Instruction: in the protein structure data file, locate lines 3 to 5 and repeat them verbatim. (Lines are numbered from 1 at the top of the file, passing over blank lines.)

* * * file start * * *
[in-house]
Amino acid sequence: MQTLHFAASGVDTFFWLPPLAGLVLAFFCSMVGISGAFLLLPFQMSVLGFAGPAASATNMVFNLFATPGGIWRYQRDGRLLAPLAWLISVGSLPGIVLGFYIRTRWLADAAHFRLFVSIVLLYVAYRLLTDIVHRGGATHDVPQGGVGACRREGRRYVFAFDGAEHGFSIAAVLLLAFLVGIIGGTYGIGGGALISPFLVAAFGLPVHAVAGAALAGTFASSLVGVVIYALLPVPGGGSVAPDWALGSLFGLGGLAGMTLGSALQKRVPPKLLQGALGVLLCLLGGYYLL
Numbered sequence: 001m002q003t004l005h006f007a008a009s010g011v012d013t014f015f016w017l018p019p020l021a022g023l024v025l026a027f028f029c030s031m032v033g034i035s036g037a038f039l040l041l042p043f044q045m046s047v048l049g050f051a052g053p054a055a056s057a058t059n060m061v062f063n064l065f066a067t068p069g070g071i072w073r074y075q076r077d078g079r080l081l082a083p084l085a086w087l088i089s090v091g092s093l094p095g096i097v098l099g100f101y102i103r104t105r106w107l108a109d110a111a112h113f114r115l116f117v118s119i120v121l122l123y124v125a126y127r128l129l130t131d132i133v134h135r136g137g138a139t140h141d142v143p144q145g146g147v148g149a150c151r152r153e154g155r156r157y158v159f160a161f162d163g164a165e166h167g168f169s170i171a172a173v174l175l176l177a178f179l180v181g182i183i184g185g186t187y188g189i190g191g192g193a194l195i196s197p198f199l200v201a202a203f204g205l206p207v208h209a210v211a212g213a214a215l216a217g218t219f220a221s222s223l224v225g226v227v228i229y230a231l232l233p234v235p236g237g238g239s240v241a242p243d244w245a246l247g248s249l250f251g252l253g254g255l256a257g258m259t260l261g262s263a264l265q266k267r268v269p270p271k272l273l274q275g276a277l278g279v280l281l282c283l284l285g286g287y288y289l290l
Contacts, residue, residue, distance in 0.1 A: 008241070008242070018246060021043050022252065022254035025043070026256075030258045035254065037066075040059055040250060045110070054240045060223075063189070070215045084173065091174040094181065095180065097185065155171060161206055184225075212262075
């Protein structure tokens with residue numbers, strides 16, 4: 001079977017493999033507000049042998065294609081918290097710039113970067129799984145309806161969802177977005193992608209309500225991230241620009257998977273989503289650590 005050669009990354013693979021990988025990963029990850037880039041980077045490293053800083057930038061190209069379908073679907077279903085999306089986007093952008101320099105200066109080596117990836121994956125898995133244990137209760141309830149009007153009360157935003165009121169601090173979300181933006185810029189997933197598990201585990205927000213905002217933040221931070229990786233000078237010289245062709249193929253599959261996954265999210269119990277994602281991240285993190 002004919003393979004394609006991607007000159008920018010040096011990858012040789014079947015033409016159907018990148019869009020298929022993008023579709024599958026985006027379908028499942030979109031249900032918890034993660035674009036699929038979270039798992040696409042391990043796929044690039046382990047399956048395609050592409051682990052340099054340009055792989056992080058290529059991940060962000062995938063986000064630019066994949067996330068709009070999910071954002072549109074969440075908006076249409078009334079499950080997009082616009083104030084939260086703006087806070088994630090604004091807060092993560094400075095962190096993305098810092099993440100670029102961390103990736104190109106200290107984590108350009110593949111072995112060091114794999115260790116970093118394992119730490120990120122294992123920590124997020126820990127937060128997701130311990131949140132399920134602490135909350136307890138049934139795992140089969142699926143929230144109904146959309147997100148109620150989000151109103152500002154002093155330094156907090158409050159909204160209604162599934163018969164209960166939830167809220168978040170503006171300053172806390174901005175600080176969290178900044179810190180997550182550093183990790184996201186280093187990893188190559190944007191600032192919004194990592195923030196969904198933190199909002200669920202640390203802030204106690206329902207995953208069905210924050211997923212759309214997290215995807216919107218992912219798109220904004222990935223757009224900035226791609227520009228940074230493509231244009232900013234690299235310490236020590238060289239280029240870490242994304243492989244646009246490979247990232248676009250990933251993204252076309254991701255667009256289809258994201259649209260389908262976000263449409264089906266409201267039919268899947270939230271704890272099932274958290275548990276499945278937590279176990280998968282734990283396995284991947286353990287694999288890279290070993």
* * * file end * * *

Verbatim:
Numbered sequence: 001m002q003t004l005h006f007a008a009s010g011v012d013t014f015f016w017l018p019p020l021a022g023l024v025l026a027f028f029c030s031m032v033g034i035s036g037a038f039l040l041l042p043f044q045m046s047v048l049g050f051a052g053p054a055a056s057a058t059n060m061v062f063n064l065f066a067t068p069g070g071i072w073r074y075q076r077d078g079r080l081l082a083p084l085a086w087l088i089s090v091g092s093l094p095g096i097v098l099g100f101y102i103r104t105r106w107l108a109d110a111a112h113f114r115l116f117v118s119i120v121l122l123y124v125a126y127r128l129l130t131d132i133v134h135r136g137g138a139t140h141d142v143p144q145g146g147v148g149a150c151r152r153e154g155r156r157y158v159f160a161f162d163g164a165e166h167g168f169s170i171a172a173v174l175l176l177a178f179l180v181g182i183i184g185g186t187y188g189i190g191g192g193a194l195i196s197p198f199l200v201a202a203f204g205l206p207v208h209a210v211a212g213a214a215l216a217g218t219f220a221s222s223l224v225g226v227v228i229y230a231l232l233p234v235p236g237g238g239s240v241a242p243d244w245a246l247g248s249l250f251g252l253g254g255l256a257g258m259t260l261g262s263a264l265q266k267r268v269p270p271k272l273l274q275g276a277l278g279v280l281l282c283l284l285g286g287y288y289l290l
Contacts, residue, residue, distance in 0.1 A: 008241070008242070018246060021043050022252065022254035025043070026256075030258045035254065037066075040059055040250060045110070054240045060223075063189070070215045084173065091174040094181065095180065097185065155171060161206055184225075212262075
């Protein structure tokens with residue numbers, strides 16, 4: 001079977017493999033507000049042998065294609081918290097710039113970067129799984145309806161969802177977005193992608209309500225991230241620009257998977273989503289650590 005050669009990354013693979021990988025990963029990850037880039041980077045490293053800083057930038061190209069379908073679907077279903085999306089986007093952008101320099105200066109080596117990836121994956125898995133244990137209760141309830149009007153009360157935003165009121169601090173979300181933006185810029189997933197598990201585990205927000213905002217933040221931070229990786233000078237010289245062709249193929253599959261996954265999210269119990277994602281991240285993190 002004919003393979004394609006991607007000159008920018010040096011990858012040789014079947015033409016159907018990148019869009020298929022993008023579709024599958026985006027379908028499942030979109031249900032918890034993660035674009036699929038979270039798992040696409042391990043796929044690039046382990047399956048395609050592409051682990052340099054340009055792989056992080058290529059991940060962000062995938063986000064630019066994949067996330068709009070999910071954002072549109074969440075908006076249409078009334079499950080997009082616009083104030084939260086703006087806070088994630090604004091807060092993560094400075095962190096993305098810092099993440100670029102961390103990736104190109106200290107984590108350009110593949111072995112060091114794999115260790116970093118394992119730490120990120122294992123920590124997020126820990127937060128997701130311990131949140132399920134602490135909350136307890138049934139795992140089969142699926143929230144109904146959309147997100148109620150989000151109103152500002154002093155330094156907090158409050159909204160209604162599934163018969164209960166939830167809220168978040170503006171300053172806390174901005175600080176969290178900044179810190180997550182550093183990790184996201186280093187990893188190559190944007191600032192919004194990592195923030196969904198933190199909002200669920202640390203802030204106690206329902207995953208069905210924050211997923212759309214997290215995807216919107218992912219798109220904004222990935223757009224900035226791609227520009228940074230493509231244009232900013234690299235310490236020590238060289239280029240870490242994304243492989244646009246490979247990232248676009250990933251993204252076309254991701255667009256289809258994201259649209260389908262976000263449409264089906266409201267039919268899947270939230271704890272099932274958290275548990276499945278937590279176990280998968282734990283396995284991947286353990287694999288890279290070993």